We also decided to rent a car for the trip to save wear and tear on our car and pay less in gas (our family car is a minivan, so a small sedan would use much less gas).

Being frugal, I decided not to buy the rental car company’s insurance.  I had called my auto insurance company, and they assured me that my coverage would cover any damage to a rental car.

By not buying the rental company’s car insurance, I saved $100, or so I thought.

I was wrong.

Traveling Long Distances in Desolate Areas

100 cost me 500I was proud of my penny pinching ways until our first night on the road.  We were driving along a desolate stretch in Oklahoma; it was dark, and we were ready to stop for the night.  A semi was in front of us and swerved at the last minute.  We had no time to wonder why; a deer carcass was straight in our path.  Even though my husband swerved, he still hit it.  We felt the thump under our car and feared the worst.

When we got to the hotel, we didn’t see any damage to the bumper, so we thought we had lucked out.

That thought soon faded when we were driving through Texas the next day and heard something clicking against the tire.  A piece of the interior bumper was hanging down and hitting the tire.  We pushed it back in and thought all was well until we hit the brakes in Santa Fe and felt resistance on the tire.  Yep, the piece had fallen down again.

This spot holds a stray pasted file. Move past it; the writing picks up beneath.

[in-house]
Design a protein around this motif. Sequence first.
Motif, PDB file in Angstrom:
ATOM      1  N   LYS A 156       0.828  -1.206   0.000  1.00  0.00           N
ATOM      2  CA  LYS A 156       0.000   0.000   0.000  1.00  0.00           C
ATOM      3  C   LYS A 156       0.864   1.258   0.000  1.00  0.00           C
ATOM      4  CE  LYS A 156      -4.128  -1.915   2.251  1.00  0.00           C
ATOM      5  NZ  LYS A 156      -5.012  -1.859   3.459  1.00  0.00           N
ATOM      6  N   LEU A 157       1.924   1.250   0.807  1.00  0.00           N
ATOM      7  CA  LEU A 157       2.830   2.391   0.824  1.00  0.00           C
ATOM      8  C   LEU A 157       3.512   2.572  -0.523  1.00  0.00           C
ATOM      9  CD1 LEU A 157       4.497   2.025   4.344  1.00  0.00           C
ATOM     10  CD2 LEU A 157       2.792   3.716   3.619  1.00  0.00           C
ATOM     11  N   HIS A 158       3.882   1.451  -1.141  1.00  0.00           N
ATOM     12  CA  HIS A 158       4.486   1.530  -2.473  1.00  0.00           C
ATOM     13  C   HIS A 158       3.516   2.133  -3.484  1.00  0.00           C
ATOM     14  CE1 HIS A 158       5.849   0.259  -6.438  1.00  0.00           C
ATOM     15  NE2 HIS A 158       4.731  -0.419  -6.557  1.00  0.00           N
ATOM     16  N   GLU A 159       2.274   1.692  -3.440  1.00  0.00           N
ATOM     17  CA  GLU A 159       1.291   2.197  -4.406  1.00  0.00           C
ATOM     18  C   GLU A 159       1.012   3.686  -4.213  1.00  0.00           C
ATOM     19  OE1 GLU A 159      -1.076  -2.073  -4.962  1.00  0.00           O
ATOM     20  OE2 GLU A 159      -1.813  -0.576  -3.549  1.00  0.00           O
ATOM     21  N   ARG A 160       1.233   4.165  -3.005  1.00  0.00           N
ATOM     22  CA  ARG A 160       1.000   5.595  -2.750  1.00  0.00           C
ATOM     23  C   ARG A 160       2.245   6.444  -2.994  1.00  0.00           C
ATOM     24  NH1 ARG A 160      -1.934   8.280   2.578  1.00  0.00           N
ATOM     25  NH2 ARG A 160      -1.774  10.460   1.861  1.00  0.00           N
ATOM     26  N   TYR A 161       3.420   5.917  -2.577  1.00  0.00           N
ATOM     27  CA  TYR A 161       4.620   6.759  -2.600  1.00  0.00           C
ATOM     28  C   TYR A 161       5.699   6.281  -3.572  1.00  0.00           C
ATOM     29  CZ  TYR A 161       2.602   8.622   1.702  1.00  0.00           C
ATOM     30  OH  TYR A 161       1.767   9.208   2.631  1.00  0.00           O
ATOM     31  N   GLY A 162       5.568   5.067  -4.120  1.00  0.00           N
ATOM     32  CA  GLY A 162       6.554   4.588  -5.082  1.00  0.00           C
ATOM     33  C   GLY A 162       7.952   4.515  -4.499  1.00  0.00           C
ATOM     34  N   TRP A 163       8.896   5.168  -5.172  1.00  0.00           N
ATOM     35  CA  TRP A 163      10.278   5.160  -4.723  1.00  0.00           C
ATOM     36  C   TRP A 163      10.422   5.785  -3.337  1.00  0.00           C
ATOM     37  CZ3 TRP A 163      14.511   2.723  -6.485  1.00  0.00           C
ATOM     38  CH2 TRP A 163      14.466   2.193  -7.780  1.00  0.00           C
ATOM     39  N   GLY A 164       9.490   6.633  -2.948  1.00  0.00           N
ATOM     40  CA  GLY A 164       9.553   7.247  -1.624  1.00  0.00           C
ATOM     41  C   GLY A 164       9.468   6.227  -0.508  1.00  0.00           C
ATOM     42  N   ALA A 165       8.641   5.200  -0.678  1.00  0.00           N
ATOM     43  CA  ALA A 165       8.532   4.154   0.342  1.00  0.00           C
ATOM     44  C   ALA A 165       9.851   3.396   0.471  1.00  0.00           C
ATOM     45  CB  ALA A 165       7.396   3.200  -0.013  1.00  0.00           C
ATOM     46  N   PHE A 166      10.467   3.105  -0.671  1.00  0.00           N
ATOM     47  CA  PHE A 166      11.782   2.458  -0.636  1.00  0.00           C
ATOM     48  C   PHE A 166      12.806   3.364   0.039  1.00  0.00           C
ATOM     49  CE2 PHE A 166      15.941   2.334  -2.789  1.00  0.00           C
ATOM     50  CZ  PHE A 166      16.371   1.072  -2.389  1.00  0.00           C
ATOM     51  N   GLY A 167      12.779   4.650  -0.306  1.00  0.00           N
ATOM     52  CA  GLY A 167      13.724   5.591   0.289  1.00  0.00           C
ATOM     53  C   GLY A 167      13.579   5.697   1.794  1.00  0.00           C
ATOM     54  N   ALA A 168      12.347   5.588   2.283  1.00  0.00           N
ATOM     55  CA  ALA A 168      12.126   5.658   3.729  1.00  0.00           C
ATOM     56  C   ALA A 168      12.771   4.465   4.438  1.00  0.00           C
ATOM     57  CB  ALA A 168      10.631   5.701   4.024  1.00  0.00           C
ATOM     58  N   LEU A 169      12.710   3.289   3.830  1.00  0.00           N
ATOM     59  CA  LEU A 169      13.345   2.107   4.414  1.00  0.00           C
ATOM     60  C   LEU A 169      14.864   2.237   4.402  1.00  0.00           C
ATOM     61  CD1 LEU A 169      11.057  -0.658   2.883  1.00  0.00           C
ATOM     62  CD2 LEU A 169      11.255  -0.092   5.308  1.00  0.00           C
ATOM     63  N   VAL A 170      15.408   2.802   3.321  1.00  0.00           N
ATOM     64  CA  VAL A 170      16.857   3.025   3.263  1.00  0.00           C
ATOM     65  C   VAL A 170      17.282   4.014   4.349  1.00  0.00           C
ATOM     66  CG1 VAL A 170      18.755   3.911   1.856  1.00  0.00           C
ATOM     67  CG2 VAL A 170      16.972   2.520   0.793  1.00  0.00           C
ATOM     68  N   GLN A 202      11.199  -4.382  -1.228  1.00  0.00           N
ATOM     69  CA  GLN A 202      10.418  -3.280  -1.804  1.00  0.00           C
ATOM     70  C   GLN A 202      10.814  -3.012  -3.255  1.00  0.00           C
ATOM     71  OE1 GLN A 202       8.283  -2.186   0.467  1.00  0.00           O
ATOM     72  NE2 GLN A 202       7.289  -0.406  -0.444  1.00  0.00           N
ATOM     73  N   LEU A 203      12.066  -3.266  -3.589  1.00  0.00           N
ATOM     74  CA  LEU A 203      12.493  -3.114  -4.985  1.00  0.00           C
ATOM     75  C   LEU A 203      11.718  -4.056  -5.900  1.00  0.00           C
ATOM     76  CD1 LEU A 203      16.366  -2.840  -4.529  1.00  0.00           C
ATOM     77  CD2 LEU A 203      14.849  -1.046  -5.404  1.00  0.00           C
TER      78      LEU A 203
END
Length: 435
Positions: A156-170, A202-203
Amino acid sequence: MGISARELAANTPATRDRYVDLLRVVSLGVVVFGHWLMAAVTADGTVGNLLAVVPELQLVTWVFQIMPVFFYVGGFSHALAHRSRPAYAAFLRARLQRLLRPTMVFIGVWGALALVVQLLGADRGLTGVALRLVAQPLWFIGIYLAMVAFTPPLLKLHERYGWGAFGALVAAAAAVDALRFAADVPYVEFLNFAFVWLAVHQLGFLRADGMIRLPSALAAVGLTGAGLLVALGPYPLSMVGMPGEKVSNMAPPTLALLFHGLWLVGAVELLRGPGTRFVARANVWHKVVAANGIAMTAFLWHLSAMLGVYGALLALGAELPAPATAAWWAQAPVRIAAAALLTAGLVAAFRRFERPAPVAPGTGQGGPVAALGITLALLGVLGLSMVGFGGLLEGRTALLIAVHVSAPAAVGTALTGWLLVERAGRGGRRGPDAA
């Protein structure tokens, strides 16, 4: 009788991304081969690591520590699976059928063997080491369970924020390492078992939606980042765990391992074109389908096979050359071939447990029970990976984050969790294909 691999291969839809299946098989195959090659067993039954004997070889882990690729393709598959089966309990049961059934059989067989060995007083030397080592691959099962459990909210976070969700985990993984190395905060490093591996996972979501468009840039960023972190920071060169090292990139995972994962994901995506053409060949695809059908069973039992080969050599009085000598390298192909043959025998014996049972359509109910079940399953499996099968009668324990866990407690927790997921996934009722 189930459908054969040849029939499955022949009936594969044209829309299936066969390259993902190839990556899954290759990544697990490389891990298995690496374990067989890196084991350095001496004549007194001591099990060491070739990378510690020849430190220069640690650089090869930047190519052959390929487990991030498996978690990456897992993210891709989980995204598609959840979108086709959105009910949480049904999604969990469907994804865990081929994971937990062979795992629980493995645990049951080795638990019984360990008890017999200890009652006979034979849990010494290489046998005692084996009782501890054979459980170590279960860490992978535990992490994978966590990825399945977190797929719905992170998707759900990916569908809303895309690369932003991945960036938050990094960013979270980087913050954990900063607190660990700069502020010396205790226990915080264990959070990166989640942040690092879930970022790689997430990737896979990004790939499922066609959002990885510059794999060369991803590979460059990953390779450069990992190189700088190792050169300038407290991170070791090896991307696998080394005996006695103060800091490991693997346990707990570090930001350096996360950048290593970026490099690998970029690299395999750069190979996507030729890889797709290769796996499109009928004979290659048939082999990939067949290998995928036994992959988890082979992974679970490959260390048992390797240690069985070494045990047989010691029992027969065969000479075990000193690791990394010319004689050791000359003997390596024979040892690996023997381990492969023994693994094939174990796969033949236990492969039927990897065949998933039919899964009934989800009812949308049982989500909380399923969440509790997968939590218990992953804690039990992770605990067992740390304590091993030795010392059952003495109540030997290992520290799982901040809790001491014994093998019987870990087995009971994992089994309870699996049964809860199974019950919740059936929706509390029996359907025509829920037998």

Long story short, in Arizona, we traded out the vehicle for a different one and had to pay a $500 deposit for the repair.

Street Sweeper Causes Havoc

On the way back home, in our new rental vehicle, we ran into a street sweeper on the highway in New Mexico.  (Seriously?  I have never seen a street sweeper sweeping the highway!)

As we passed the street sweeper, what seemed like a million pebbles pelted our windshield.  I think my husband and I cursed in unison when we heard a particularly nasty hit on the windshield and saw a chip in the windshield, right in the middle of the driver’s side.

Car rental number two, and another injury to the car.

Sigh.  Suddenly my decision to try to save $100 by not getting the rental company’s car insurance didn’t seem like such a good idea.

Luckily, when we turned in the second car, we weren’t charged for the damage to the windshield.  (Any dent or scratch smaller than the size of a quarter, the rental car company let’s slide.)

Still, my desire to save $100, ended up costing me $500!

Stay tuned for part two, where I’ll explain in more detail why rental car companies’ insurance isn’t the waste of money we all think.

 

How Much Car Insurance Coverage Do You Need?

Car insurance, like most insurances, can seem complicated.  Deciding just how much car insurance coverage you need is the biggest hurdle.  Of course, it’s easy to select the coverage that meets the requirements of your state and the lien holder (of you owe on a loan for the car, you’ve got a lien holder, and it’s likely the bank you borrowed from), but those aren’t the only factors to take into account when deciding on how much coverage you need.  In the end, you’ve got to find a coverage that will meet those requirements, and also fit within your budget.

State Requirements

You’ll want to know what the state requires you to have for insurance.  Any local insurance provider should be able to tell you, but you’ll want to double check if you’re planning on using an out of state or online provider.  If you still owe on your car, the lender on your loan will likely require that you have full coverage, so the state minimums will likely only come into play if you own the car you’ll be insuring.